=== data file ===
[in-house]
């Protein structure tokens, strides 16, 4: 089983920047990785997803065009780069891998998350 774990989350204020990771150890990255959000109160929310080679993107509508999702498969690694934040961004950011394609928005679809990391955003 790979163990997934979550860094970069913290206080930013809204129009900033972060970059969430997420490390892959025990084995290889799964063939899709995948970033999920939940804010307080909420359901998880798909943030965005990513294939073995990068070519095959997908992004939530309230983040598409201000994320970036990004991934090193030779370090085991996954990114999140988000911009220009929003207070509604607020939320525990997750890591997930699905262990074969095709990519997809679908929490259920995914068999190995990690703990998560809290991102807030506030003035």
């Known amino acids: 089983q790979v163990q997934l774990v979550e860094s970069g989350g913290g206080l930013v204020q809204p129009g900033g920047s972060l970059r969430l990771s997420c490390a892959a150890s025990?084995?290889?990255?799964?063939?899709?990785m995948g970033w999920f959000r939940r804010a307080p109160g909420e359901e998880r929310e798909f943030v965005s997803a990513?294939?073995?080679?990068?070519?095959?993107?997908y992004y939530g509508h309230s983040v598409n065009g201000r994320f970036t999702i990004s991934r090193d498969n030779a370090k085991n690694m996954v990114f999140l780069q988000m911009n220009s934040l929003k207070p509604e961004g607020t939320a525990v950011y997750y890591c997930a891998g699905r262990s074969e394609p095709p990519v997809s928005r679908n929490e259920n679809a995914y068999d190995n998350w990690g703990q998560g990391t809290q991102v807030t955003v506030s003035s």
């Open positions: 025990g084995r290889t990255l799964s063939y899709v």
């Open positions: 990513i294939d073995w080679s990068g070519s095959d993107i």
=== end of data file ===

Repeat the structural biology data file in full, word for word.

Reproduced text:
[in-house]
């Protein structure tokens, strides 16, 4: 089983920047990785997803065009780069891998998350 774990989350204020990771150890990255959000109160929310080679993107509508999702498969690694934040961004950011394609928005679809990391955003 790979163990997934979550860094970069913290206080930013809204129009900033972060970059969430997420490390892959025990084995290889799964063939899709995948970033999920939940804010307080909420359901998880798909943030965005990513294939073995990068070519095959997908992004939530309230983040598409201000994320970036990004991934090193030779370090085991996954990114999140988000911009220009929003207070509604607020939320525990997750890591997930699905262990074969095709990519997809679908929490259920995914068999190995990690703990998560809290991102807030506030003035």
């Known amino acids: 089983q790979v163990q997934l774990v979550e860094s970069g989350g913290g206080l930013v204020q809204p129009g900033g920047s972060l970059r969430l990771s997420c490390a892959a150890s025990?084995?290889?990255?799964?063939?899709?990785m995948g970033w999920f959000r939940r804010a307080p109160g909420e359901e998880r929310e798909f943030v965005s997803a990513?294939?073995?080679?990068?070519?095959?993107?997908y992004y939530g509508h309230s983040v598409n065009g201000r994320f970036t999702i990004s991934r090193d498969n030779a370090k085991n690694m996954v990114f999140l780069q988000m911009n220009s934040l929003k207070p509604e961004g607020t939320a525990v950011y997750y890591c997930a891998g699905r262990s074969e394609p095709p990519v997809s928005r679908n929490e259920n679809a995914y068999d190995n998350w990690g703990q998560g990391t809290q991102v807030t955003v506030s003035s």
């Open positions: 025990g084995r290889t990255l799964s063939y899709v």
């Open positions: 990513i294939d073995w080679s990068g070519s095959d993107i």